"Among the publics around the world, a low regard for President Bush is more heavily correlated with an unfavorability rating for the United States than is any other attitude or opinion tested in this survey."
Our "fourth power" is most diminished just where we need it the most, in the Islamic world:
"Majorities in each of the predominantly Muslim countries surveyed express concern that U.S. military power may ultimately be turned against them."
The more the Muslim countries hate and fear us, the less likely they are to accept democratic initiatives from us. That means that thoughtless conservative Muslim-bashers like Ann Coulter, Christopher Hitchens and Andrew Sullivan aren't just spreading bigotry when they seek to inflame tensions between the West and ordinary Muslims - they're harming our national security.
I won't descend to Sullivan's level and suggest that these conservatives are mounting what "may well amount to a fifth column" by undermining our nation's efforts to reach out to the Muslim world. Those are words he once used to describe the anti-war left with whom he now essentially (and belatedly) agrees, and it's a remark for which he's issued only the most qualified and convoluted apology.
No, I won't call these conservatives "traitors" or a "fifth column," even though their recent efforts (and those of Alan Dershowitz and Bill Bennett) to further fan the flames of religous conflict stirred up by the Danish Muhammad cartoons act against the Administration's stated strategic interests for the Muslim world, as reflected by the President's condemnation of those cartoons. They are undermining the goal of "spreading democracy in the Middle East" by mocking Islam and urging that cartoons be published more widely here at home. "Spreading democracy" is the rationale the Administration put forward for the war when all its others collapsed - so if they crush that hope they're really hurt their friends in the White House.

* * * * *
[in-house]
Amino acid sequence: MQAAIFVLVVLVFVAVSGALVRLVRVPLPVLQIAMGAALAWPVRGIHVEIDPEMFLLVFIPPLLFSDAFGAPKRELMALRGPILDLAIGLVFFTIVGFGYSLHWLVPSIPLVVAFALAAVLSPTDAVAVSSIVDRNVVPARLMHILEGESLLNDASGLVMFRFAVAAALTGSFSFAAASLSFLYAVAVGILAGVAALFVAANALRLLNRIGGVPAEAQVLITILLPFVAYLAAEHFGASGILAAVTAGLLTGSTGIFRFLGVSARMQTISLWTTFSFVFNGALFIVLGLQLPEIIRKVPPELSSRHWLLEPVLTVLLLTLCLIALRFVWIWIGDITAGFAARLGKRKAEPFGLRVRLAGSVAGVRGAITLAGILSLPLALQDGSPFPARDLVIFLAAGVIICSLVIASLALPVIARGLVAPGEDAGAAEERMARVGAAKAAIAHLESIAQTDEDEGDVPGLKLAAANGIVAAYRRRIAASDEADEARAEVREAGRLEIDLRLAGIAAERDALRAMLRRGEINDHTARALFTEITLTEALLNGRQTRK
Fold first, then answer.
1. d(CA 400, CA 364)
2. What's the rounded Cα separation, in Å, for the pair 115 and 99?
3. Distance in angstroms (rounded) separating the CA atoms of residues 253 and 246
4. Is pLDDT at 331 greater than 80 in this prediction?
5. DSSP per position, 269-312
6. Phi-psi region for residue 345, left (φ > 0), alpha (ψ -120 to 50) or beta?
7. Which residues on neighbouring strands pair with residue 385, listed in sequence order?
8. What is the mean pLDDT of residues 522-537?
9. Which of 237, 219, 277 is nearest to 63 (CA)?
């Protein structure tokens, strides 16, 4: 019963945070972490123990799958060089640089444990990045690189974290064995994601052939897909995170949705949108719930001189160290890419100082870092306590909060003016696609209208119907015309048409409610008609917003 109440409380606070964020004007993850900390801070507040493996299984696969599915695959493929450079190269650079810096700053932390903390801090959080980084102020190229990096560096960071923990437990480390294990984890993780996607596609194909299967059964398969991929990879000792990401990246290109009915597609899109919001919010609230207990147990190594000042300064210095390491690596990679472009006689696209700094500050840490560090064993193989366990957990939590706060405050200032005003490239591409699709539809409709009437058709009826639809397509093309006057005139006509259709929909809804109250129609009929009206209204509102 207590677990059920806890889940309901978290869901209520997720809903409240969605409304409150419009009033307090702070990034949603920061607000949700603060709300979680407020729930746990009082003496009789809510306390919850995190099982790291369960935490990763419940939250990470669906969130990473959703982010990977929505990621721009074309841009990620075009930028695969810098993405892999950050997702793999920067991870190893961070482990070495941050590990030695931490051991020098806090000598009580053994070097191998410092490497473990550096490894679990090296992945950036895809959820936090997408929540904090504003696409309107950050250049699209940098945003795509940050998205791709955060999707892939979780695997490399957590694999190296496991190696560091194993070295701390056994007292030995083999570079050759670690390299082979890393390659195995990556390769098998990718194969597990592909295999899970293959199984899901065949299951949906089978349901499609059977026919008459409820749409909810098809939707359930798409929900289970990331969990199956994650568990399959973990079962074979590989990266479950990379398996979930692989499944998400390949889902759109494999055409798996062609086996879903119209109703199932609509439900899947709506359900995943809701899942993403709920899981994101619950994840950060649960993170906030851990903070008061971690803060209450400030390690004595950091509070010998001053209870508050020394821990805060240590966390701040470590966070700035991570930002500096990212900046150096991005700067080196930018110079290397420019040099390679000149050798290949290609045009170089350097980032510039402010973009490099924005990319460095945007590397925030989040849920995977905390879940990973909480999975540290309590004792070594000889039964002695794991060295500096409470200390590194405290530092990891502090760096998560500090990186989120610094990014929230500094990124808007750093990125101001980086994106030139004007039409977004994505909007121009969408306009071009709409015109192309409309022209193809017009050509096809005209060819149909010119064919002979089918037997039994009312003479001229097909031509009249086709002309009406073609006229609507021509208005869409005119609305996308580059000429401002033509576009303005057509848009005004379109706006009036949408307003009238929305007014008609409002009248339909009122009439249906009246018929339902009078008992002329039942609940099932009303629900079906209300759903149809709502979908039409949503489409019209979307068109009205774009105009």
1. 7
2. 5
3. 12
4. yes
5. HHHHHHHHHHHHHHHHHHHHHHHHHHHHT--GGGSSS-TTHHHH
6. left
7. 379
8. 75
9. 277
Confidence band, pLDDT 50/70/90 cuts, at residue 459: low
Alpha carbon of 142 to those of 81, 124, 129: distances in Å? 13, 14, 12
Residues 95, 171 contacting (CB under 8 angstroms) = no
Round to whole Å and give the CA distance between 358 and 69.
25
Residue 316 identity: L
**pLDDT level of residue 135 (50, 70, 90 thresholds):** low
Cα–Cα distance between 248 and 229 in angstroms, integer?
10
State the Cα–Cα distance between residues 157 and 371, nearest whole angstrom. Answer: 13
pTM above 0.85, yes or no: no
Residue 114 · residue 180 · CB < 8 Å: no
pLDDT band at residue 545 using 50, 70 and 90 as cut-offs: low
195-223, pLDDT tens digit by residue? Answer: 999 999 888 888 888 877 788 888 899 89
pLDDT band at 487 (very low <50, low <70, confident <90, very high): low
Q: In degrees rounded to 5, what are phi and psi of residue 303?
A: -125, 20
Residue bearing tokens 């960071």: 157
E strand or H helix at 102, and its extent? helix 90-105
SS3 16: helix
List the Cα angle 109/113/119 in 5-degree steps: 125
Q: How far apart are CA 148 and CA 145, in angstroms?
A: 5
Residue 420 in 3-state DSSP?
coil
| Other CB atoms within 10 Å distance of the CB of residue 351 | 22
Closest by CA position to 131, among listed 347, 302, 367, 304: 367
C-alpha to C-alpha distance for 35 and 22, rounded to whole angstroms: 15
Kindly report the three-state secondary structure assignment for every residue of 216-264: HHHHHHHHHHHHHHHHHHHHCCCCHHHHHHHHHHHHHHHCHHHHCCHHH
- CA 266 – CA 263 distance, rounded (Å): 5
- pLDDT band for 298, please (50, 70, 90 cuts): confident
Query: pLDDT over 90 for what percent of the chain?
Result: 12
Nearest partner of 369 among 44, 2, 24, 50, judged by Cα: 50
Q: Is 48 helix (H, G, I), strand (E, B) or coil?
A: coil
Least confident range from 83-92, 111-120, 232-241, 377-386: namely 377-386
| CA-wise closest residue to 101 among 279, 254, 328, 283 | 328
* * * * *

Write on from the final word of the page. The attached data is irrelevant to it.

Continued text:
I don't think they mean to undermine the war effort, but they should cease and desist for the national good. The Administration's doing enough harm without "a little help from their friends."
As if the Pew polling figures weren't enough, this Arab conference debacle also shows how this Administration's misguided war has wounded, not helped, our nation's ability to promote democracy (and grow the middle class) in the Middle East. This is a clear-cut case of a Bush initiative that I endorse in principle (yes, there are some) being undermined by his own actions - and by the erosion of that "Fourth Power."
Of course, there's another interpretation - the cynical one. That interpretation says that the Bush Administration and the Republicans want to keep players like Ahmadinejad in power, so that there are frightening enemies out there that can be used to play the "national defense" card in domestic politics.
I'm not that cynical. I want to believe the best about our leadership, so I'll stick with the less jaded interpretation: that these actions stem from utter ineptness in protecting America's interests. But then that's not much of a choice, isn't it?